Sometimes, the hardest thing I have to do as a missionary is listening. I have heard life stories. I have heard joys and shared smiles. I have heard trials and tribulations. I have held people’s hands and let them cry. I have sat there and said nothing.
Sympathizing with people in desperate need of empathy seems… hollow.
What do you say to the person sitting in the chair next to your desk crying because they’re overwhelmed with shame? How do you comfort someone who doesn’t believe themselves to be more than their disease? How do you hold back tears as you listen to them cough, watching their chest depress every time because they’re skin and bone wondering whether or not it will kill them? What do you say to someone letting their disease consume them?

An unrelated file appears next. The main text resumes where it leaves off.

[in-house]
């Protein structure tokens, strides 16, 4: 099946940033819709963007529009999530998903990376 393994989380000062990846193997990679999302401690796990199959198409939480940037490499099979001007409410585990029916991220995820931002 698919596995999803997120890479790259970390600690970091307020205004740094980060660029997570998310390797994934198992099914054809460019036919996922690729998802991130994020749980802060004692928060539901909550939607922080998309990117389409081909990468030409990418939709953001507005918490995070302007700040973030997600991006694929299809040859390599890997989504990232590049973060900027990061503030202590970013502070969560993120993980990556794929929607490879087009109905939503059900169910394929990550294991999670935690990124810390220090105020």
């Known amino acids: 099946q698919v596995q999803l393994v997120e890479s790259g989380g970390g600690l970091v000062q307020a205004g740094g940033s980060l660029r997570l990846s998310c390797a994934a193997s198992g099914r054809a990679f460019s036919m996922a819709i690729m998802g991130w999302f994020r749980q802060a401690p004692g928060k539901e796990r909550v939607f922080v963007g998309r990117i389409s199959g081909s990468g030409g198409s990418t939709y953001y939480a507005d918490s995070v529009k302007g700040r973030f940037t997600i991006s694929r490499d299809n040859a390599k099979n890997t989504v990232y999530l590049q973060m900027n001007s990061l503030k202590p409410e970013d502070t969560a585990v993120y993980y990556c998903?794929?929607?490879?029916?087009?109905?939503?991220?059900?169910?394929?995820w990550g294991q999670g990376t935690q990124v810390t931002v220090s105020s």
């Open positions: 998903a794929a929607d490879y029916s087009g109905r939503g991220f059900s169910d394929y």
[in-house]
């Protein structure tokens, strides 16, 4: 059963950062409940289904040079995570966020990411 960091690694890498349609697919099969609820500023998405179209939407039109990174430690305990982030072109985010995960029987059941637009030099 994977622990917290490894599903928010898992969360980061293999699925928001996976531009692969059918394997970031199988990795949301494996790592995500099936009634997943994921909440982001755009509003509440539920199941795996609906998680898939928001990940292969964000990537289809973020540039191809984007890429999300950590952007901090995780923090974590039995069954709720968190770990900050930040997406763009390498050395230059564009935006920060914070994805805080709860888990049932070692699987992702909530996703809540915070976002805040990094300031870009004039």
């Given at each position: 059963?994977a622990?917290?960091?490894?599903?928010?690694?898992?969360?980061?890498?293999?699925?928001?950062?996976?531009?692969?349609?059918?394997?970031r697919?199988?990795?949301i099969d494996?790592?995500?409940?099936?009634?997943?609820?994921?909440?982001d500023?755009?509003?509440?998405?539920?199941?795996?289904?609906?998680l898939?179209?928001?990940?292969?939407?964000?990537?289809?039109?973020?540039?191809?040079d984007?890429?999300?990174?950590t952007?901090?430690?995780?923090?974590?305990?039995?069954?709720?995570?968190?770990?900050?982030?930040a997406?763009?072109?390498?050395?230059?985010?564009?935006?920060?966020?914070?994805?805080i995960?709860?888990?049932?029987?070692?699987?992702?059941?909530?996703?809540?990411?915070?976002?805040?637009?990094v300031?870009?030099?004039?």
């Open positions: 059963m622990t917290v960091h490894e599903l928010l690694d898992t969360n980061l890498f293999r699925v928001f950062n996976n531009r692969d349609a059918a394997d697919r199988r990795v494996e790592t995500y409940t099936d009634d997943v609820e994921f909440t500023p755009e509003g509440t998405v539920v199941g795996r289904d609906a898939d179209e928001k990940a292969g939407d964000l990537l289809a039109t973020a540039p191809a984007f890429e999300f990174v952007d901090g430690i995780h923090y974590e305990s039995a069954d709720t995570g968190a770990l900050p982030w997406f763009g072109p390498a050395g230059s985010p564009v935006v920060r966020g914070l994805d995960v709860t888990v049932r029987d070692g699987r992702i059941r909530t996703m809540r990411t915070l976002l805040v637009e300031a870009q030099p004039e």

I wish I had the answers. This is why listening is so difficult.
It isn’t easy opening up to a complete stranger; to spill your deepest fears to a person you met not even a minute before. It takes an amazing amount of courage.
I could spend all day telling them what they should do… Take your medication. Eat regularly and eat well. Surround yourself with love and positivity because there is nothing to be ashamed of. You are more than your diagnosis. You are strong and courageous. You have purpose, and the world is made better because you’re a part of it. The problem is, unless they believe it, those words are empty. It’s hard to give advice when both of you know in the end, the disease will win. How do you fight that? What do you say? I can’t force someone to take their medication. I can’t make sure they eat. I can’t give them a job, take their pain away, or instill in them a sense of belonging and hope.
I can only listen and pray.